RADIATOR & BASEBOARD THERMOSTATS, Automatic - TRVs provide an alternative that can control individual hot water or steam radiators in buildings.
This topic has been moved to its own article now found at THERMOSTAT SET PROCEDURE
Some programmable digital room thermostats include an internal battery that will allow the device to remember the program that you have set even if there has been a power outage. This topic has been moved to its own article at THERMOSTAT BACKUP BATTERIES - for temporary or full time operation.
We have moved and expanded this discussion to a separate article found at THERMOSTAT DIAGNOSTIC GUIDE - link given just below.
Continue reading at THERMOSTAT DIAGNOSTIC GUIDE or select a topic from the More Reading links shown below.
Suggested citation for this web page
Green link shows where you are in this article series.
Frequently Asked Questions (FAQs)
Question: A/C blower making loud sound - doesn't respond to the thermostat properly
My ac blower was making a loud sound so it went bad i replace it with a new one and know the thermostat is not working properly the setting on the thermostat it works wrong when i set it on the auto and cool it does not turn on the blower when i set it on fan and cool it works but it does not shut off i change the thermostat and it does the same thing. Do you know what it could be? - Angelo 8/5/11
Angelo I'm not sure but most likely there was a wiring change needed, or perhaps someone shorted a control board or relay
Question: A/C freezes up after blower was shut off - compressor doesn't stop
Recently my A/C began to freeze up after the blower was shut off by thermostat at right temp, I noticed that the thermostat would shut off the blower but not the outside unit causing it to keep running and freeze up the inside coils, but when I turn thermostat to "ON" and just let it blow, it keep running and getting too cold. How do I find out what is making the thermostat only control the inside unit. - Kewl Jungles 8/8/11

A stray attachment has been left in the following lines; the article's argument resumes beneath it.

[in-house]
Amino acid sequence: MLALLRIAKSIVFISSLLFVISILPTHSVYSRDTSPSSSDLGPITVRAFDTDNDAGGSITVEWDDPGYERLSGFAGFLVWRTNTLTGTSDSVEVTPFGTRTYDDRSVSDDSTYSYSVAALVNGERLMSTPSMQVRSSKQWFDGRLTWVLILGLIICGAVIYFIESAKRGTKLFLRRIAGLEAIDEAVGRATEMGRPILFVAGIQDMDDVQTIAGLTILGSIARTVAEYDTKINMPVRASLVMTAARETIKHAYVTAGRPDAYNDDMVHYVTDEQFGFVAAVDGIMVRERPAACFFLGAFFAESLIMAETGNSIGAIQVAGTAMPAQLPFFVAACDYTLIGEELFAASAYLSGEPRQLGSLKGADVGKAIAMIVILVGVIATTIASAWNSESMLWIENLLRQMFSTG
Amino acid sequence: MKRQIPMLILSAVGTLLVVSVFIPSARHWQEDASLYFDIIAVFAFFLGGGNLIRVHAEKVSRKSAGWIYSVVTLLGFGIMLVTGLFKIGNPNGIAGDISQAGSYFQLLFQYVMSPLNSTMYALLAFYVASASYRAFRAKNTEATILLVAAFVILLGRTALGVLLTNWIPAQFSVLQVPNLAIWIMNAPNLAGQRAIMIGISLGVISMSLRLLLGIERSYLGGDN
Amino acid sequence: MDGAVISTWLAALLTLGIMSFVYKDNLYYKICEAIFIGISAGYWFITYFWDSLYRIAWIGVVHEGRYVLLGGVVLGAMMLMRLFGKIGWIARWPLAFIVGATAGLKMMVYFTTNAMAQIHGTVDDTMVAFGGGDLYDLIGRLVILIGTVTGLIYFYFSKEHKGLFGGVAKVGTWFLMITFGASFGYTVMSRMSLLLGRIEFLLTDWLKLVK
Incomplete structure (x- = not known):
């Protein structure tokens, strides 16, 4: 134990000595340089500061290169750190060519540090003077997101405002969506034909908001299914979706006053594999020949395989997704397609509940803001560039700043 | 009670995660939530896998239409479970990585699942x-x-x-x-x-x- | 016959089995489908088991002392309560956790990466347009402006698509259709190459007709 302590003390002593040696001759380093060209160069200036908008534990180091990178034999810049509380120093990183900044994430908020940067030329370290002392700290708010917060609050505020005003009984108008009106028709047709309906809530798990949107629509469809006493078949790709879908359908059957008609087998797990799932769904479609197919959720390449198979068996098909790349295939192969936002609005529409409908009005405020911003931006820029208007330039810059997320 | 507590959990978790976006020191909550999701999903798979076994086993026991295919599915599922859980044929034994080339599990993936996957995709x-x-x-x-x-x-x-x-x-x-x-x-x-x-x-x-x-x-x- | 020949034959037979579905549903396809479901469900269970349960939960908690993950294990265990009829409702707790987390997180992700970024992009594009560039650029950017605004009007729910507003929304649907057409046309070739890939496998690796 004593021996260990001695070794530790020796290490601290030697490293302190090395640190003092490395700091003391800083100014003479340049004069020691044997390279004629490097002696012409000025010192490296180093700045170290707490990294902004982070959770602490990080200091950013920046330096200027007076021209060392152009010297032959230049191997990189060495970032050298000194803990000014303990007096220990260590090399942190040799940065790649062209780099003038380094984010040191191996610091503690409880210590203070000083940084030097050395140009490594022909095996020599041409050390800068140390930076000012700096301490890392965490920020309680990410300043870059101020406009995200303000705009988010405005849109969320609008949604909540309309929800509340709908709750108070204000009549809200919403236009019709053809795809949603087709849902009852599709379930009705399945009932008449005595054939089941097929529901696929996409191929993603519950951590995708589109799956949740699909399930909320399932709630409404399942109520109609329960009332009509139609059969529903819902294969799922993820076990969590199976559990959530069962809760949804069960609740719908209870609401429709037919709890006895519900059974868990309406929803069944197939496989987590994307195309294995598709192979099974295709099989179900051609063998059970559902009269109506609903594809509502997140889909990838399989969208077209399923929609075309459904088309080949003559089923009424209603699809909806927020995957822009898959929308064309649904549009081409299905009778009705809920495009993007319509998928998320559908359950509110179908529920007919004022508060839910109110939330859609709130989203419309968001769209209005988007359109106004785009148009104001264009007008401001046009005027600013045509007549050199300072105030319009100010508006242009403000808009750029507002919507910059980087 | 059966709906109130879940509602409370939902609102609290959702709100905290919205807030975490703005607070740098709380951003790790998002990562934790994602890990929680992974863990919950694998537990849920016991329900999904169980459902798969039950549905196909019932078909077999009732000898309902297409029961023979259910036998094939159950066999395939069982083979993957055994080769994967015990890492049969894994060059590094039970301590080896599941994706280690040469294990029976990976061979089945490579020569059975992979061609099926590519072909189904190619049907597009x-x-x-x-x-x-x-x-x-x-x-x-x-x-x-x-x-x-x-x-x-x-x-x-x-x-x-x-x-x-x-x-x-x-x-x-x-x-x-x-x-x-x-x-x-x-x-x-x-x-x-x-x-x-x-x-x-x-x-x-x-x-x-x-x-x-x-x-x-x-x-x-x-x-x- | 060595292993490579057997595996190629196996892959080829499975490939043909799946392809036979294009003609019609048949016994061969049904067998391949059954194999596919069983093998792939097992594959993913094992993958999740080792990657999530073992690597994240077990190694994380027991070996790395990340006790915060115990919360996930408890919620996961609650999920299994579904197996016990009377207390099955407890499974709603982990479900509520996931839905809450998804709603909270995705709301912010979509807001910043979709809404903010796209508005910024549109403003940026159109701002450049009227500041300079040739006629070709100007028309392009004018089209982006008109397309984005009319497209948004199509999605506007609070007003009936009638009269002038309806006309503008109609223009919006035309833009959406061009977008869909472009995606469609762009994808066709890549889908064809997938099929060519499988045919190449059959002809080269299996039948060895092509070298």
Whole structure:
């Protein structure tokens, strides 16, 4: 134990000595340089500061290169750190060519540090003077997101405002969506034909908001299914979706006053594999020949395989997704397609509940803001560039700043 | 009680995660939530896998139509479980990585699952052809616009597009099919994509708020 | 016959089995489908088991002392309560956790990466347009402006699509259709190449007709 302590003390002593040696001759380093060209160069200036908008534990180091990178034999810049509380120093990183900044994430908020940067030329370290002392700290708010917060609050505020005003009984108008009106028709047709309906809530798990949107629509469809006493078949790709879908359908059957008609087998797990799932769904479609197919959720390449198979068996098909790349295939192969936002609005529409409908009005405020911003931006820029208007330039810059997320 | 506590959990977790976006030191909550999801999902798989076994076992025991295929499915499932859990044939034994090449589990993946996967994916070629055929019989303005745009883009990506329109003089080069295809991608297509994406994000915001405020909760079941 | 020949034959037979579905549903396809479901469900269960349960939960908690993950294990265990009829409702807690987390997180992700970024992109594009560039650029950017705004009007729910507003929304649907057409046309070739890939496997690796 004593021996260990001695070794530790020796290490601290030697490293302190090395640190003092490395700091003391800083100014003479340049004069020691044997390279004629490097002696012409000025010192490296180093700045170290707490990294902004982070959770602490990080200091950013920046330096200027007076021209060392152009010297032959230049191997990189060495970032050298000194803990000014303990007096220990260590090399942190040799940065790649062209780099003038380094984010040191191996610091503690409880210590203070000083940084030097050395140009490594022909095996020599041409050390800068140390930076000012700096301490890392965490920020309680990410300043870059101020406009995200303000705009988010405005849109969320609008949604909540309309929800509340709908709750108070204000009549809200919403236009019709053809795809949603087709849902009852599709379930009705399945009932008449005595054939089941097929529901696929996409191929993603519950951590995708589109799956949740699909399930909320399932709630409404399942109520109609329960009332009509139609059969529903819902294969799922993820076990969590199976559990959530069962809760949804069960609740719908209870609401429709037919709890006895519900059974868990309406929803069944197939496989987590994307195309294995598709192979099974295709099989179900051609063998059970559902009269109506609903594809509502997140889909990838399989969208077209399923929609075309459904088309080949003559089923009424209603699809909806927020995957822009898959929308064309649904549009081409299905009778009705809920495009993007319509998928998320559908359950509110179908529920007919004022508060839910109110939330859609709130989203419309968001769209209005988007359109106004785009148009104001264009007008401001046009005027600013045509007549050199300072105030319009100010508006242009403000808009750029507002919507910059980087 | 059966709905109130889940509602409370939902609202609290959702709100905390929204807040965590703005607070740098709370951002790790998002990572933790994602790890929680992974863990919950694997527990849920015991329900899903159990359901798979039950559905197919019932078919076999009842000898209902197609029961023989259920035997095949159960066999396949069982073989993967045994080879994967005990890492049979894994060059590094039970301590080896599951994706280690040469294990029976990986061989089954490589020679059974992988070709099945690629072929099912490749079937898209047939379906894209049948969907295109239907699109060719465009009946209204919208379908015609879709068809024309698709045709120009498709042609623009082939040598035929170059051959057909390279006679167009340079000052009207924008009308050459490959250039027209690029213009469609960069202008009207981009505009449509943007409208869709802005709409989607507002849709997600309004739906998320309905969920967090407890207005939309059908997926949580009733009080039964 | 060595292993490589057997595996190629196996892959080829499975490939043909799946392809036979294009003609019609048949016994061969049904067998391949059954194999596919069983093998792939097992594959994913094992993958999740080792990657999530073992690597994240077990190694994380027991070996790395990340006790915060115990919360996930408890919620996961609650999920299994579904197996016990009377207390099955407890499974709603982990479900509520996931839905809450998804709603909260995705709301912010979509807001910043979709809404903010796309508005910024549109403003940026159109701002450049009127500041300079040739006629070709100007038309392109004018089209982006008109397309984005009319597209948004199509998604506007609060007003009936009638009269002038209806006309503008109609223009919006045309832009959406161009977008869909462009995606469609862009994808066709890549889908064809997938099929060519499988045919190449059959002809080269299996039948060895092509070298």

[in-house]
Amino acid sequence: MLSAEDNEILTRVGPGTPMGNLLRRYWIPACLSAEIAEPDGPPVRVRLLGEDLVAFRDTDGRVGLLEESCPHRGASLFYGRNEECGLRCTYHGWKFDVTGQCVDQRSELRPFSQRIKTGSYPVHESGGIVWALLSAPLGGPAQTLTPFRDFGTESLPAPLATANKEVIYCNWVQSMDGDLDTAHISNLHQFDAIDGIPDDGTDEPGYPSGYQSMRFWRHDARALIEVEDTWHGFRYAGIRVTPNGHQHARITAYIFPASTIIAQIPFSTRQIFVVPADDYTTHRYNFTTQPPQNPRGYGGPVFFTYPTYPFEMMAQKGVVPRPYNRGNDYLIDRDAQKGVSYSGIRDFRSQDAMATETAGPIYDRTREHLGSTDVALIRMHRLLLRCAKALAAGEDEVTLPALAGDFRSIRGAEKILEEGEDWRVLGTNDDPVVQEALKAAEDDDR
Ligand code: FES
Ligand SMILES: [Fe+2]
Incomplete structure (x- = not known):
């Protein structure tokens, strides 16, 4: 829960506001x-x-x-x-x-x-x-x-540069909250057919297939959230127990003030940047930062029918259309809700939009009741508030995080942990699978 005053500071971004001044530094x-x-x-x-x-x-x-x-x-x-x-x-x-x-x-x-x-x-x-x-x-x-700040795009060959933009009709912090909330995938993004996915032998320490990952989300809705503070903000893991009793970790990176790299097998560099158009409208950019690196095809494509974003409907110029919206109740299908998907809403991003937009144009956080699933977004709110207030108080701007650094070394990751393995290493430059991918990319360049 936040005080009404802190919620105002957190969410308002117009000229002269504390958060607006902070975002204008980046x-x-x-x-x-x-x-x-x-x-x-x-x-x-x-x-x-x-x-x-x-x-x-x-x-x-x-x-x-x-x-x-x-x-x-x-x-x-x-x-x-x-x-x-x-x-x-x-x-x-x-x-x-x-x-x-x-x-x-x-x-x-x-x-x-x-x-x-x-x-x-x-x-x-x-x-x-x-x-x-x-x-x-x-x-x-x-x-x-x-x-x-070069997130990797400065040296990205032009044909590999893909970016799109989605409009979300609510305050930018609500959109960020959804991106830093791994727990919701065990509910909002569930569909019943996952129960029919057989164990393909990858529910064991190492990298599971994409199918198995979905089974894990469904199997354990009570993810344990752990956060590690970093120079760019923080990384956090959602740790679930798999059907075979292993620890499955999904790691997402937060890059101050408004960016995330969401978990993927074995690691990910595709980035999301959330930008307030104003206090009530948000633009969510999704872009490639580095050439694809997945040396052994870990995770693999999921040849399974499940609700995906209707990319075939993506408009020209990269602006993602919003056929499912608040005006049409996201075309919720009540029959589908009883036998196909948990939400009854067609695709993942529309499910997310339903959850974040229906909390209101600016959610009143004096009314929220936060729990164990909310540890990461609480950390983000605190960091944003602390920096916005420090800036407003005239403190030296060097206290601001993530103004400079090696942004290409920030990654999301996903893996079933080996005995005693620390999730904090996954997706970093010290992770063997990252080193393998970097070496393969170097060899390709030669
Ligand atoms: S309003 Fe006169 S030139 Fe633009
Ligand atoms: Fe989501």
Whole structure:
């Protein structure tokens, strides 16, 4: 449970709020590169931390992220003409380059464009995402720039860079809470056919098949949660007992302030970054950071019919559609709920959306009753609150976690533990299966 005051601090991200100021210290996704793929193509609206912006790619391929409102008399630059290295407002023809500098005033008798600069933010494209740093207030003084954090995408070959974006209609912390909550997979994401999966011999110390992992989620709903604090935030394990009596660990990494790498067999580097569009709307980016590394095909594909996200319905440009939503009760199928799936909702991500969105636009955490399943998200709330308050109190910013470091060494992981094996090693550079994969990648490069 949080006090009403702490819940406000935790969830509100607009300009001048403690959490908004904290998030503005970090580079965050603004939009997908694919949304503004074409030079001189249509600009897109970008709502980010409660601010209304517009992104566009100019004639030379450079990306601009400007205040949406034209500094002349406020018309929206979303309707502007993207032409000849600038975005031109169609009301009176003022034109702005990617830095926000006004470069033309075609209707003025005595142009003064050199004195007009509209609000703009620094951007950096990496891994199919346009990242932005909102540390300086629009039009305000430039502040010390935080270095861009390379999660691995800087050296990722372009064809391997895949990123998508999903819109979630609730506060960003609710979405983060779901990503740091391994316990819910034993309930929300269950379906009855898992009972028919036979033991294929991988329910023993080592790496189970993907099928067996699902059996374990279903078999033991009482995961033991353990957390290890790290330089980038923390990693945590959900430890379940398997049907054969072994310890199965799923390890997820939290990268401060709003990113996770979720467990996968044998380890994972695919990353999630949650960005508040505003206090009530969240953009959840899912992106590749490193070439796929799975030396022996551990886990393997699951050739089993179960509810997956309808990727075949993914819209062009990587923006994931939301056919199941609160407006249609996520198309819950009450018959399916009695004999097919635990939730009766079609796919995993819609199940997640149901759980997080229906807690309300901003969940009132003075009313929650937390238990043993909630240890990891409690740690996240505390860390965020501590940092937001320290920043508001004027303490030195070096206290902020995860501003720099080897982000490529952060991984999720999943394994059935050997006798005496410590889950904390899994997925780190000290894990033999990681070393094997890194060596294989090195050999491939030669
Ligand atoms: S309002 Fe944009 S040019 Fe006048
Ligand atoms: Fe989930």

Question: Inadequate cooling, tech says just keep running the system
We just had evaporator coils replaced on both a/c systems. One system has been cooling fine ever since. The other only seems to cool at night. The thermostat seems to be working OK and the air coming out of the vents is cool although perhaps not quite as cool as that coming out of the vents driven by the other system.
The system that not working correctly gets to be six degrees warmer than the set temperature on the thermostat. The company that installed the new coils came back and just checked pressures at the condenser and said everything seems to be working OK and that it may take some time for the everything to cycle through the new equipment. Any suggestions of problems that may result from new coil installation or what else could be causing the problem? Mike
A/C equipment does not normally need a "break-in" period to begin working properly. In fact about the only thing that leaving the equipment running will accomplish is that it lets the technician get in her truck and get the heck out of there.
An exception might be a response to an owner who complains that the house is too hot or too cold when the system has been just turned on. If the heating system is indeed producing output air at normal heating temperatures or cooling air at normal cooling system output temperatures and air flow rates, then indeed time may be all that's needed to get the building to the desired temperature.
There are a number of explanations for inadequate cooling, including in a new installation (where we figure we don't have blocked air filters etc) improper refrigerant charge, or a refrigerant metering device not working properly. Call the service company and ask for help from a more experienced technician.
Question: My A/C blows warm air for a while before cool air comes out
when I turn the air conditioner onto heat it blows out warm out for a few minutes and then cool air, would this be the thermostat or would it need gassing, it is just over five years old. - Marylin 3/14/12
Marylin, if the air produced by your system is adequately cool after the initial warm air delivery I suspect your building may have poorly insulated ductwork running through a hot attic of some length. The hot duct is warming the initial airflow.
Hi Dan, if it was the ductwork wouldn't it have played up by now i have had the unit for just over five years, when I go downstairs to the main unit and touch the pipe it is hot,but we just cant seem to get enough heat upstairs..
Yes Marylin I agree - that's part of the difficulty of guessing at a question with not much information. However depending on duct type, routing, condition, insulation can fall off, be torn off by animals, or open and leak - it's worth a careful inspection in any case.